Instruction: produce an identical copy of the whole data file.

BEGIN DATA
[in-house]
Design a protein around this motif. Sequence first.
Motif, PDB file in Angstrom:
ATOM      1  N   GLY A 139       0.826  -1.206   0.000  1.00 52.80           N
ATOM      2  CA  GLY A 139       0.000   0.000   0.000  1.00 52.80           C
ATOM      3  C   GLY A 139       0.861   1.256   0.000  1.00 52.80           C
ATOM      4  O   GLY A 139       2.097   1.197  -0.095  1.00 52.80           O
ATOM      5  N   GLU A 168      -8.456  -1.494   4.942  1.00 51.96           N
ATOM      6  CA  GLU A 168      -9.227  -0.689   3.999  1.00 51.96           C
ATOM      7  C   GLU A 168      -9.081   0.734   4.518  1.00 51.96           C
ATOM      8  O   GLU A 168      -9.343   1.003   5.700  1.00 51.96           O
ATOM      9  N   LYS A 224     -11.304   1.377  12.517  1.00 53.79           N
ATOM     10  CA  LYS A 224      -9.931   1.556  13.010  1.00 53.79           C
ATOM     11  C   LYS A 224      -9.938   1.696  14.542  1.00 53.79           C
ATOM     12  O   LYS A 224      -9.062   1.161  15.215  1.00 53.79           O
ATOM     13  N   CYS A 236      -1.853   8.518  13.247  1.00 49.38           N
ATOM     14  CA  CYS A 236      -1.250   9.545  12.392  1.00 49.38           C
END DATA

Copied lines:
[in-house]
Design a protein around this motif. Sequence first.
Motif, PDB file in Angstrom:
ATOM      1  N   GLY A 139       0.826  -1.206   0.000  1.00 52.80           N
ATOM      2  CA  GLY A 139       0.000   0.000   0.000  1.00 52.80           C
ATOM      3  C   GLY A 139       0.861   1.256   0.000  1.00 52.80           C
ATOM      4  O   GLY A 139       2.097   1.197  -0.095  1.00 52.80           O
ATOM      5  N   GLU A 168      -8.456  -1.494   4.942  1.00 51.96           N
ATOM      6  CA  GLU A 168      -9.227  -0.689   3.999  1.00 51.96           C
ATOM      7  C   GLU A 168      -9.081   0.734   4.518  1.00 51.96           C
ATOM      8  O   GLU A 168      -9.343   1.003   5.700  1.00 51.96           O
ATOM      9  N   LYS A 224     -11.304   1.377  12.517  1.00 53.79           N
ATOM     10  CA  LYS A 224      -9.931   1.556  13.010  1.00 53.79           C
ATOM     11  C   LYS A 224      -9.938   1.696  14.542  1.00 53.79           C
ATOM     12  O   LYS A 224      -9.062   1.161  15.215  1.00 53.79           O
ATOM     13  N   CYS A 236      -1.853   8.518  13.247  1.00 49.38           N
ATOM     14  CA  CYS A 236      -1.250   9.545  12.392  1.00 49.38           C